PM Imran urges world leaders to act against Islamophobia

Published June 13, 2021
Prime Minister Imran Khan told CBC that he had raised the issue with his Canadian counterpart Justin Trudeau. — Reuters/File
Prime Minister Imran Khan told CBC that he had raised the issue with his Canadian counterpart Justin Trudeau. — Reuters/File

ISLAMABAD: Prime Minister Imran Khan has called upon the world leaders to crack down on online hate speech and Islamophobia following the deadly truck attack in London, Ontario, Canada.

“Everyone is shocked in [Pakistan], because we saw the family picture, and so a family being targeted like that has had a deep impact in Pakistan,” Prime Minister Khan told the CBC’s chief political correspondent Rosemary Barton in an interview posted on its website on Saturday. The Canadian Broadcasting Corporation (CBC) is the main news outlet in Canada.

The prime minister said the recent pattern of domestic terror in Western countries demanded a heightened focus on online radicalisation.

To a question about online radicalisation, he said: “I think there should be a very strict action against this. When there are these hate websites which create hatred amongst human beings, there should be an international action against them.”

Says recent pattern of domestic terror in Western countries demands heightened focus on online radicalisation

Four members of a Pakistani Canadian family were mercilessly mauled down and a nine-year-old boy suffered serious injuries when they were run over by a pickup truck in London, Ontario, last Sunday evening.

Canadian police say the family was targeted because they were Muslim. The family had moved to Canada from Pakistan in 2007.

After the tragic incident, the prime minister took to Twitter to express his feelings. “Saddened to learn of the killing of a Muslim Pakistani-origin Canadian family in London, Ontario. This condemnable act of terrorism revealed the growing Islamophobia in Western countries,” he said, adding that Islamophobia needed to be countered holistically by the international community.

Prime Minister Khan told CBC that he had raised the issue with his Canadian counterpart Justin Trudeau, describing him as a leader who understood the importance of fighting online hate and Islamophobia. He urged other leaders to also make such commitment. “The world leaders, whenever they decide upon taking action, this will be dealt with,” he said.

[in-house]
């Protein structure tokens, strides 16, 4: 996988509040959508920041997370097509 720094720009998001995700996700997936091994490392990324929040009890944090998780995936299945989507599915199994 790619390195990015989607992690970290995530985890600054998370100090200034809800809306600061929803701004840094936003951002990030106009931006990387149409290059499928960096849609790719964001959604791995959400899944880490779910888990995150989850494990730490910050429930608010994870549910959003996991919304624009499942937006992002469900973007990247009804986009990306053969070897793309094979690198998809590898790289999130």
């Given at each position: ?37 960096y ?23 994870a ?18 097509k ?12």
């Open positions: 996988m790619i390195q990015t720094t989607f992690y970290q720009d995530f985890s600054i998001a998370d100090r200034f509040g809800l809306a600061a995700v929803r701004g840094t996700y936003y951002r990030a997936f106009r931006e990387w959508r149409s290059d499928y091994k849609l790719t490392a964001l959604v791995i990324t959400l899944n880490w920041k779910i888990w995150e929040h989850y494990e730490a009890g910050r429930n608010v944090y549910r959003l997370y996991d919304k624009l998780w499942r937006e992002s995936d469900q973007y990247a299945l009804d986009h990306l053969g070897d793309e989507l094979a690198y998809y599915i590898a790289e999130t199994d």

He said he “mostly agrees” with Mr Trudeau and his position on extremism, but also expressed concern over some Canadian laws that he believed were contributing to Islamophobia.

Mr Khan described Quebec’s Bill 21 which bans public servants, including teachers, from wearing religious symbols at work, as a form of “secular extremism” that had led to intolerance against Muslims.

“You want humans to basically be free to express the way they want to be, as long as it doesn’t cause pain and hurt to other human beings,” he emphasised.

Earlier in his address at the United Nations General Assembly last year, Mr Khan had cautioned against the rising tide of Islamophobia in the world and called upon the UN to play its part in combatting religious hatred.

In his virtual address, the prime minister had regretted that at a time when the global community should have come together to combat novel coronavirus, it had instead stoked racism and religious hatred. “Unfortunately, it has instead fanned nationalism, increased global tensions and given rise to racial and religious hatred and violence against vulnerable minorities in several places.

Islamophobia was rising in several countries, he had warned, as Muslims were being “targeted with impunity”, mosques were being desecrated and Prophet Muhammad (Peace Be Upon Him) was being disrespected “in the name of freedom of speech”.

He had stressed that willful provocations and incitement to hate and violence must be universally outlawed, and urged the UNGA to “declare an international day to combat Islamophobia”.

Yumna Afzaal, 15, Madiha Salman, 44, Talat Afzaal, 74, and Salman Afzaal, 46, were out for an evening walk when they were run over by the truck driven by 20-year-old Nathaniel Veltman who, police said, was motivated by anti-Muslim hate.

Veltman had participated in online activity that promoted extremism or violence.

The perpetrators of other recent mass killings such as the 2017 gun attack at a Quebec City mosque and the 2018 Yonge Street van attack in Toronto had taken part in online activities that are believed by investigators to have contributed to their radicalisation.

Canadian Prime Minister Trudeau had pledged to crack down on online hate speech when he introduced a new digital charter in 2019, though critics say Ottawa had been slow to implement changes that could stop online radicalisation.

Published in Dawn, June 13th, 2021

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